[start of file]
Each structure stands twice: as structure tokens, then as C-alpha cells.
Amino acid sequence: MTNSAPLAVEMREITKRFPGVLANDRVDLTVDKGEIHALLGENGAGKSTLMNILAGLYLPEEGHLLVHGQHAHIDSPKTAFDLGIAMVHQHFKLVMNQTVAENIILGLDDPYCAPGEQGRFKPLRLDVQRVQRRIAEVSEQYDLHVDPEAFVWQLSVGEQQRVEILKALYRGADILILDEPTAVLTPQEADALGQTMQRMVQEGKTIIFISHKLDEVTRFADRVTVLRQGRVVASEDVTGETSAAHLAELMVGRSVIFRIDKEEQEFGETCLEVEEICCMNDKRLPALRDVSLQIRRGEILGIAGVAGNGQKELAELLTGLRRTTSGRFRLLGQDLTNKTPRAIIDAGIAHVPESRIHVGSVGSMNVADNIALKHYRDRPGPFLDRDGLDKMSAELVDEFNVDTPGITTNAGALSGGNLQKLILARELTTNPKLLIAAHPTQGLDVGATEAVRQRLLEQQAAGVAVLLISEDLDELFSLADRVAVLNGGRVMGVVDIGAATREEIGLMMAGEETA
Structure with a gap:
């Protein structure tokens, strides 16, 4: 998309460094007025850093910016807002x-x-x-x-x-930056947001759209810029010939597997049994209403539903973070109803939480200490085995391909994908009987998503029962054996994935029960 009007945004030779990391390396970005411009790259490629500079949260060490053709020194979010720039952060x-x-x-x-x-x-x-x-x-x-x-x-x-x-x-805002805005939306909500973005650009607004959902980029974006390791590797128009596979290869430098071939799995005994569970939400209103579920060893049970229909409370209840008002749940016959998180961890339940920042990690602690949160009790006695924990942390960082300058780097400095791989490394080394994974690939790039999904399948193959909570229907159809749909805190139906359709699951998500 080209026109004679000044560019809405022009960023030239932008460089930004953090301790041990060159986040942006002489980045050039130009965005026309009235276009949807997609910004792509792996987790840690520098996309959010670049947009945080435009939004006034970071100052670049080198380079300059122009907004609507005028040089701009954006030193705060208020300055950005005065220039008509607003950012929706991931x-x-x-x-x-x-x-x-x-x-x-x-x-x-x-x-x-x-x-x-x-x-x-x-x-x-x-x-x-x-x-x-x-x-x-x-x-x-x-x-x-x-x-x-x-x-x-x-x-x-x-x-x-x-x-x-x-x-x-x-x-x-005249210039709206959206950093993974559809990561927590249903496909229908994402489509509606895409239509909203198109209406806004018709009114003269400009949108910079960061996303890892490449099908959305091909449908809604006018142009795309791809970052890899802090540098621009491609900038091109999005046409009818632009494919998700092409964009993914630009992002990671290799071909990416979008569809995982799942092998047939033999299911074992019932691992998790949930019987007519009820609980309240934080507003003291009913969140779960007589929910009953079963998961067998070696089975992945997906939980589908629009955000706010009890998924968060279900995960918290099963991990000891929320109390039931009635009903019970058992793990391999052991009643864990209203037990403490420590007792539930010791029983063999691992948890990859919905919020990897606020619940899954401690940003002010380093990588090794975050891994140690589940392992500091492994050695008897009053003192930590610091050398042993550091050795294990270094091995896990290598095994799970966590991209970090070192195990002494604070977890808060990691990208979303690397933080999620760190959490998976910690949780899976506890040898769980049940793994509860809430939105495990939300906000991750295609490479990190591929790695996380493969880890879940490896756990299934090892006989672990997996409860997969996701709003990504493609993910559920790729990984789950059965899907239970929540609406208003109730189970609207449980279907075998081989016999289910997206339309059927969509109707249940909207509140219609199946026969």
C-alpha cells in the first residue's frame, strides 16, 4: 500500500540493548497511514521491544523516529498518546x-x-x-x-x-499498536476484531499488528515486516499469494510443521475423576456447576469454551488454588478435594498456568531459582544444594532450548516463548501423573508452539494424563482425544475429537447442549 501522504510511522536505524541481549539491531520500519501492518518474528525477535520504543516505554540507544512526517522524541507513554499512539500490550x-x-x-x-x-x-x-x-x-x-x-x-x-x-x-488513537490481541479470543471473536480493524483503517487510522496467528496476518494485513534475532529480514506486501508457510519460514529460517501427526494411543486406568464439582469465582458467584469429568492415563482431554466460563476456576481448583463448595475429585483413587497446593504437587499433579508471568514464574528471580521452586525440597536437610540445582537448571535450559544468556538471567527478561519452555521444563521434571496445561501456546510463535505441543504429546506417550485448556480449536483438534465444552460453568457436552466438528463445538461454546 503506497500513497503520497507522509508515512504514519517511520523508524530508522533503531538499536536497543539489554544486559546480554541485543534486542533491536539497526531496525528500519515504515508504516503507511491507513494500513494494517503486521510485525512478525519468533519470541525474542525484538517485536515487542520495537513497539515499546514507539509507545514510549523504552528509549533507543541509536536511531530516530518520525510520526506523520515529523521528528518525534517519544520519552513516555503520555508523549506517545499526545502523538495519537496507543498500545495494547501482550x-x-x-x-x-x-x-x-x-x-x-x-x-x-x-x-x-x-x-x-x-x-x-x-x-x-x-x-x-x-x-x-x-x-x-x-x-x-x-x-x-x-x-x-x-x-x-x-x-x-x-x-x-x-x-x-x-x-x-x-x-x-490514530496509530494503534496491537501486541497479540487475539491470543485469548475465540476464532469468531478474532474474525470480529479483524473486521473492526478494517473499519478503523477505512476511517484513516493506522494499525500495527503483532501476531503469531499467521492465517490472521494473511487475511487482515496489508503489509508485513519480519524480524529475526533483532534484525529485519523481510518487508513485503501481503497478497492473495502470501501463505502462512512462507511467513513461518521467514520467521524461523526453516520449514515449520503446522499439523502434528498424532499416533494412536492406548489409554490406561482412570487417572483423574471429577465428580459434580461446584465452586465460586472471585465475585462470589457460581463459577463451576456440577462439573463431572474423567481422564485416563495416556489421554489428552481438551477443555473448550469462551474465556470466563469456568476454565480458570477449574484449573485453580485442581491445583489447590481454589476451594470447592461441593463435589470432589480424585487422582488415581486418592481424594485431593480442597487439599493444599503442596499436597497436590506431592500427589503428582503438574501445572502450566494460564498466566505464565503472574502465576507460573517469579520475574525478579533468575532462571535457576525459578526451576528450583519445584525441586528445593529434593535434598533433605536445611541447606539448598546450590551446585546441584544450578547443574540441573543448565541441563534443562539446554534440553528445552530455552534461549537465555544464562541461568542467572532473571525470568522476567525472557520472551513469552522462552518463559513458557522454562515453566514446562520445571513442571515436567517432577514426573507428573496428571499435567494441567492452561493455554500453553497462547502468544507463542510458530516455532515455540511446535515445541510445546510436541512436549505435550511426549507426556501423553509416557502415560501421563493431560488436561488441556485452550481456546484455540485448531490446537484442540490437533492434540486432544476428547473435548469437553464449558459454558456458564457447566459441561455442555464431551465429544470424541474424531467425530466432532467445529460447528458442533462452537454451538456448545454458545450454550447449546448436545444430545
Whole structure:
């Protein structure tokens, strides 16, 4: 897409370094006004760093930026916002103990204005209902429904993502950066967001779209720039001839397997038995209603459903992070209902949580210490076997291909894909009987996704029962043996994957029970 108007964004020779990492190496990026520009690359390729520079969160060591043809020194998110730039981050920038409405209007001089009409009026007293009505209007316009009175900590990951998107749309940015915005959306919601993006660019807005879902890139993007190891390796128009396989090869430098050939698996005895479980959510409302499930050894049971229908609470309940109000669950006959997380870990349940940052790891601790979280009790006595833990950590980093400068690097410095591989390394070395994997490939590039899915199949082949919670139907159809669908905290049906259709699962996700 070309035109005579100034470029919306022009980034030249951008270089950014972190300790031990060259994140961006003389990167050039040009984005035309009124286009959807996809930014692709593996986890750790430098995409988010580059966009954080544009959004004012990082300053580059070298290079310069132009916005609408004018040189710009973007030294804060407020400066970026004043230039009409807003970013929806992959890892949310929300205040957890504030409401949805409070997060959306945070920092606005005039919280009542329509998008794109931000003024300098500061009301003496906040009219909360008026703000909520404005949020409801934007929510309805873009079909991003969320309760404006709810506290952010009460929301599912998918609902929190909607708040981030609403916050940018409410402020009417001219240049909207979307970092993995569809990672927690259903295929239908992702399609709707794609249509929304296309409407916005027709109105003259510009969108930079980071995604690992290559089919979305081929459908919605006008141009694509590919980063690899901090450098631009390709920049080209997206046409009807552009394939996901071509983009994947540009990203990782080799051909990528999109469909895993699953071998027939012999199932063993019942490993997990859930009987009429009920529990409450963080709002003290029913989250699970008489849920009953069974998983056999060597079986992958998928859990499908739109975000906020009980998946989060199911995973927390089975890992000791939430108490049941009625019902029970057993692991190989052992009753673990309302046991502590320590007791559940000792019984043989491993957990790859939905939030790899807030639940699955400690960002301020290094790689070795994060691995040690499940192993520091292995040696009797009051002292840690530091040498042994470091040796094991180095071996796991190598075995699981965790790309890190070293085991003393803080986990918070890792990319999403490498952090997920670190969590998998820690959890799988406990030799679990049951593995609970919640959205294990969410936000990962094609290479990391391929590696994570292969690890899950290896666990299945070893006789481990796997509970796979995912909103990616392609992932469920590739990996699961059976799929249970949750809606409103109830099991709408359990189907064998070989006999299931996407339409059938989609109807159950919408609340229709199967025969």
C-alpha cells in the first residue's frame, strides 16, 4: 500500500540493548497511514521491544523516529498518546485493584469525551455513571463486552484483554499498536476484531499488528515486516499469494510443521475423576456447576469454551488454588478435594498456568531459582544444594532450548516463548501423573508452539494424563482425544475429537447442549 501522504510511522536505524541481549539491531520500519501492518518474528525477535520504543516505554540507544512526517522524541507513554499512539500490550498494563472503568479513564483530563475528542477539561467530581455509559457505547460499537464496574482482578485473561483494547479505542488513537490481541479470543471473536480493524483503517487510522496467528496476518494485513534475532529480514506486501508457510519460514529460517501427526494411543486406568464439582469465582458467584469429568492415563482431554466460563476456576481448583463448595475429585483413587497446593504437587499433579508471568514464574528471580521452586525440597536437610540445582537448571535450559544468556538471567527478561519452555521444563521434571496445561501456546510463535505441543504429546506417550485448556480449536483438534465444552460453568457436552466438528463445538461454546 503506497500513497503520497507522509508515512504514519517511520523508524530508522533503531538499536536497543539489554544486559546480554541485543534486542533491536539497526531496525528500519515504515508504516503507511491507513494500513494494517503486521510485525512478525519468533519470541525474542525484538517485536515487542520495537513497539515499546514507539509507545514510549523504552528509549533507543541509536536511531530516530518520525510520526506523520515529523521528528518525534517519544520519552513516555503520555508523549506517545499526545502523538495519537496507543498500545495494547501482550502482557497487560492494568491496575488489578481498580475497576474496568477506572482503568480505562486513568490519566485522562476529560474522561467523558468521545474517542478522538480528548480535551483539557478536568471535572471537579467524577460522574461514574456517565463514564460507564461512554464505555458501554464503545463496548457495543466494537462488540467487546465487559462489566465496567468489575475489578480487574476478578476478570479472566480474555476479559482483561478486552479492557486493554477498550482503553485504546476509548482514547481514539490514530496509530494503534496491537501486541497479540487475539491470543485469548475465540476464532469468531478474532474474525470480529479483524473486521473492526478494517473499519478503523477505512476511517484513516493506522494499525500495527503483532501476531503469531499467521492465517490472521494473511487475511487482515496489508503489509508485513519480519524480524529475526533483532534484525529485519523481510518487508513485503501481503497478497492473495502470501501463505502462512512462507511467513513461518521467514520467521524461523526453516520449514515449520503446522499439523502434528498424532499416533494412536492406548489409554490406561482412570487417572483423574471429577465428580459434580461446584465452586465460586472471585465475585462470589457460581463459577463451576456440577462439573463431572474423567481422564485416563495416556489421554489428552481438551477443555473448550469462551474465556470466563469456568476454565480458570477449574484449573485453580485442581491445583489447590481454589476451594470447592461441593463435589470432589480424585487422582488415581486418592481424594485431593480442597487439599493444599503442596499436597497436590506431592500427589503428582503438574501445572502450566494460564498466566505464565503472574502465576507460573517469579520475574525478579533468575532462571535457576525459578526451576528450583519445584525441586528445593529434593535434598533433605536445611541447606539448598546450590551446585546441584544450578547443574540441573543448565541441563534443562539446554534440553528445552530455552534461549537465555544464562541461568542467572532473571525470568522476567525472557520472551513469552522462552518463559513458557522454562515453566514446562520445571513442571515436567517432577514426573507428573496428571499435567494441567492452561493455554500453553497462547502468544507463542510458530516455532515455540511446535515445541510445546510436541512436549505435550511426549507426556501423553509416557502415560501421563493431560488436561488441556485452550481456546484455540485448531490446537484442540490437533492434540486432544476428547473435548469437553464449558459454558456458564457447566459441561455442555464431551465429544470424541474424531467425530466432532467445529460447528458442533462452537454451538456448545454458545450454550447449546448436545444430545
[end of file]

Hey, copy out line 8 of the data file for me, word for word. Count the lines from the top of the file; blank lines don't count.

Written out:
C-alpha cells in the first residue's frame, strides 16, 4: 500500500540493548497511514521491544523516529498518546485493584469525551455513571463486552484483554499498536476484531499488528515486516499469494510443521475423576456447576469454551488454588478435594498456568531459582544444594532450548516463548501423573508452539494424563482425544475429537447442549 501522504510511522536505524541481549539491531520500519501492518518474528525477535520504543516505554540507544512526517522524541507513554499512539500490550498494563472503568479513564483530563475528542477539561467530581455509559457505547460499537464496574482482578485473561483494547479505542488513537490481541479470543471473536480493524483503517487510522496467528496476518494485513534475532529480514506486501508457510519460514529460517501427526494411543486406568464439582469465582458467584469429568492415563482431554466460563476456576481448583463448595475429585483413587497446593504437587499433579508471568514464574528471580521452586525440597536437610540445582537448571535450559544468556538471567527478561519452555521444563521434571496445561501456546510463535505441543504429546506417550485448556480449536483438534465444552460453568457436552466438528463445538461454546 503506497500513497503520497507522509508515512504514519517511520523508524530508522533503531538499536536497543539489554544486559546480554541485543534486542533491536539497526531496525528500519515504515508504516503507511491507513494500513494494517503486521510485525512478525519468533519470541525474542525484538517485536515487542520495537513497539515499546514507539509507545514510549523504552528509549533507543541509536536511531530516530518520525510520526506523520515529523521528528518525534517519544520519552513516555503520555508523549506517545499526545502523538495519537496507543498500545495494547501482550502482557497487560492494568491496575488489578481498580475497576474496568477506572482503568480505562486513568490519566485522562476529560474522561467523558468521545474517542478522538480528548480535551483539557478536568471535572471537579467524577460522574461514574456517565463514564460507564461512554464505555458501554464503545463496548457495543466494537462488540467487546465487559462489566465496567468489575475489578480487574476478578476478570479472566480474555476479559482483561478486552479492557486493554477498550482503553485504546476509548482514547481514539490514530496509530494503534496491537501486541497479540487475539491470543485469548475465540476464532469468531478474532474474525470480529479483524473486521473492526478494517473499519478503523477505512476511517484513516493506522494499525500495527503483532501476531503469531499467521492465517490472521494473511487475511487482515496489508503489509508485513519480519524480524529475526533483532534484525529485519523481510518487508513485503501481503497478497492473495502470501501463505502462512512462507511467513513461518521467514520467521524461523526453516520449514515449520503446522499439523502434528498424532499416533494412536492406548489409554490406561482412570487417572483423574471429577465428580459434580461446584465452586465460586472471585465475585462470589457460581463459577463451576456440577462439573463431572474423567481422564485416563495416556489421554489428552481438551477443555473448550469462551474465556470466563469456568476454565480458570477449574484449573485453580485442581491445583489447590481454589476451594470447592461441593463435589470432589480424585487422582488415581486418592481424594485431593480442597487439599493444599503442596499436597497436590506431592500427589503428582503438574501445572502450566494460564498466566505464565503472574502465576507460573517469579520475574525478579533468575532462571535457576525459578526451576528450583519445584525441586528445593529434593535434598533433605536445611541447606539448598546450590551446585546441584544450578547443574540441573543448565541441563534443562539446554534440553528445552530455552534461549537465555544464562541461568542467572532473571525470568522476567525472557520472551513469552522462552518463559513458557522454562515453566514446562520445571513442571515436567517432577514426573507428573496428571499435567494441567492452561493455554500453553497462547502468544507463542510458530516455532515455540511446535515445541510445546510436541512436549505435550511426549507426556501423553509416557502415560501421563493431560488436561488441556485452550481456546484455540485448531490446537484442540490437533492434540486432544476428547473435548469437553464449558459454558456458564457447566459441561455442555464431551465429544470424541474424531467425530466432532467445529460447528458442533462452537454451538456448545454458545450454550447449546448436545444430545